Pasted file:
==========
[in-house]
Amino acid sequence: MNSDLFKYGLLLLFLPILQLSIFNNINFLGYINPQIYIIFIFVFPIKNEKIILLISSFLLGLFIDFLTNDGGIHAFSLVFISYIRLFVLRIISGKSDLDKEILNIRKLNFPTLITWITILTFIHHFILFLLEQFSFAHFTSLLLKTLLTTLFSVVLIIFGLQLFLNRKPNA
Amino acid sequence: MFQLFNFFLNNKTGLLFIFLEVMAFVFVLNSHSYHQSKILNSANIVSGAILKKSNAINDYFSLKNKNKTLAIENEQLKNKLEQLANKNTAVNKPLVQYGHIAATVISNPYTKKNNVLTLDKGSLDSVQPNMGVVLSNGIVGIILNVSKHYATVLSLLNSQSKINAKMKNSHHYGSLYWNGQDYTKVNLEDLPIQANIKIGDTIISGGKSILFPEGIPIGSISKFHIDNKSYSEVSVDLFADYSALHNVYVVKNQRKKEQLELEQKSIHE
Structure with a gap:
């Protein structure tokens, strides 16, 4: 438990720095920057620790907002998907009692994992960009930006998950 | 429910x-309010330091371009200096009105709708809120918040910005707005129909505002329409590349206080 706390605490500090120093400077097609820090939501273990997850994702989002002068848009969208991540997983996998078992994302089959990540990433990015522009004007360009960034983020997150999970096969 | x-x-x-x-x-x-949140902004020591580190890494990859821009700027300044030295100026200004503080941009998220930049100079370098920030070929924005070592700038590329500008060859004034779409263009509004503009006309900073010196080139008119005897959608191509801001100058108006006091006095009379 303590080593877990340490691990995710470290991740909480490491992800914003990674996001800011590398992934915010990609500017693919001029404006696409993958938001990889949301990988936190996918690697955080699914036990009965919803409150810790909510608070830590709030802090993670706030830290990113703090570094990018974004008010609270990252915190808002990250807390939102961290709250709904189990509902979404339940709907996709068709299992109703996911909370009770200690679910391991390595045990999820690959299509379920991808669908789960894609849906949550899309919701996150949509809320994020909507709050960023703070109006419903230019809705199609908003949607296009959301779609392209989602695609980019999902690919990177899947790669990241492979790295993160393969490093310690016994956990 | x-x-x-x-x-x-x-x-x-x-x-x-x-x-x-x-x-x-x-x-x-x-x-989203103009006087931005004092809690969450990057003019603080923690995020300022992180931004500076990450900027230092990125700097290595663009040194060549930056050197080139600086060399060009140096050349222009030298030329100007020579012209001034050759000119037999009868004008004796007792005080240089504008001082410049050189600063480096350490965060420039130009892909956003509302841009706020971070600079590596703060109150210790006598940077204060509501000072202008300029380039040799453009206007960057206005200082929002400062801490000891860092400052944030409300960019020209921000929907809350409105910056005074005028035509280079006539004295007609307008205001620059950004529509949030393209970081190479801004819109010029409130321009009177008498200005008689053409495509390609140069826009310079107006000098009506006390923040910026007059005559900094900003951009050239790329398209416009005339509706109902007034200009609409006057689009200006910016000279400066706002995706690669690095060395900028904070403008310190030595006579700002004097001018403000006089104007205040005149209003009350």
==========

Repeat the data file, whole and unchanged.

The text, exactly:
[in-house]
Amino acid sequence: MNSDLFKYGLLLLFLPILQLSIFNNINFLGYINPQIYIIFIFVFPIKNEKIILLISSFLLGLFIDFLTNDGGIHAFSLVFISYIRLFVLRIISGKSDLDKEILNIRKLNFPTLITWITILTFIHHFILFLLEQFSFAHFTSLLLKTLLTTLFSVVLIIFGLQLFLNRKPNA
Amino acid sequence: MFQLFNFFLNNKTGLLFIFLEVMAFVFVLNSHSYHQSKILNSANIVSGAILKKSNAINDYFSLKNKNKTLAIENEQLKNKLEQLANKNTAVNKPLVQYGHIAATVISNPYTKKNNVLTLDKGSLDSVQPNMGVVLSNGIVGIILNVSKHYATVLSLLNSQSKINAKMKNSHHYGSLYWNGQDYTKVNLEDLPIQANIKIGDTIISGGKSILFPEGIPIGSISKFHIDNKSYSEVSVDLFADYSALHNVYVVKNQRKKEQLELEQKSIHE
Structure with a gap:
């Protein structure tokens, strides 16, 4: 438990720095920057620790907002998907009692994992960009930006998950 | 429910x-309010330091371009200096009105709708809120918040910005707005129909505002329409590349206080 706390605490500090120093400077097609820090939501273990997850994702989002002068848009969208991540997983996998078992994302089959990540990433990015522009004007360009960034983020997150999970096969 | x-x-x-x-x-x-949140902004020591580190890494990859821009700027300044030295100026200004503080941009998220930049100079370098920030070929924005070592700038590329500008060859004034779409263009509004503009006309900073010196080139008119005897959608191509801001100058108006006091006095009379 303590080593877990340490691990995710470290991740909480490491992800914003990674996001800011590398992934915010990609500017693919001029404006696409993958938001990889949301990988936190996918690697955080699914036990009965919803409150810790909510608070830590709030802090993670706030830290990113703090570094990018974004008010609270990252915190808002990250807390939102961290709250709904189990509902979404339940709907996709068709299992109703996911909370009770200690679910391991390595045990999820690959299509379920991808669908789960894609849906949550899309919701996150949509809320994020909507709050960023703070109006419903230019809705199609908003949607296009959301779609392209989602695609980019999902690919990177899947790669990241492979790295993160393969490093310690016994956990 | x-x-x-x-x-x-x-x-x-x-x-x-x-x-x-x-x-x-x-x-x-x-x-989203103009006087931005004092809690969450990057003019603080923690995020300022992180931004500076990450900027230092990125700097290595663009040194060549930056050197080139600086060399060009140096050349222009030298030329100007020579012209001034050759000119037999009868004008004796007792005080240089504008001082410049050189600063480096350490965060420039130009892909956003509302841009706020971070600079590596703060109150210790006598940077204060509501000072202008300029380039040799453009206007960057206005200082929002400062801490000891860092400052944030409300960019020209921000929907809350409105910056005074005028035509280079006539004295007609307008205001620059950004529509949030393209970081190479801004819109010029409130321009009177008498200005008689053409495509390609140069826009310079107006000098009506006390923040910026007059005559900094900003951009050239790329398209416009005339509706109902007034200009609409006057689009200006910016000279400066706002995706690669690095060395900028904070403008310190030595006579700002004097001018403000006089104007205040005149209003009350």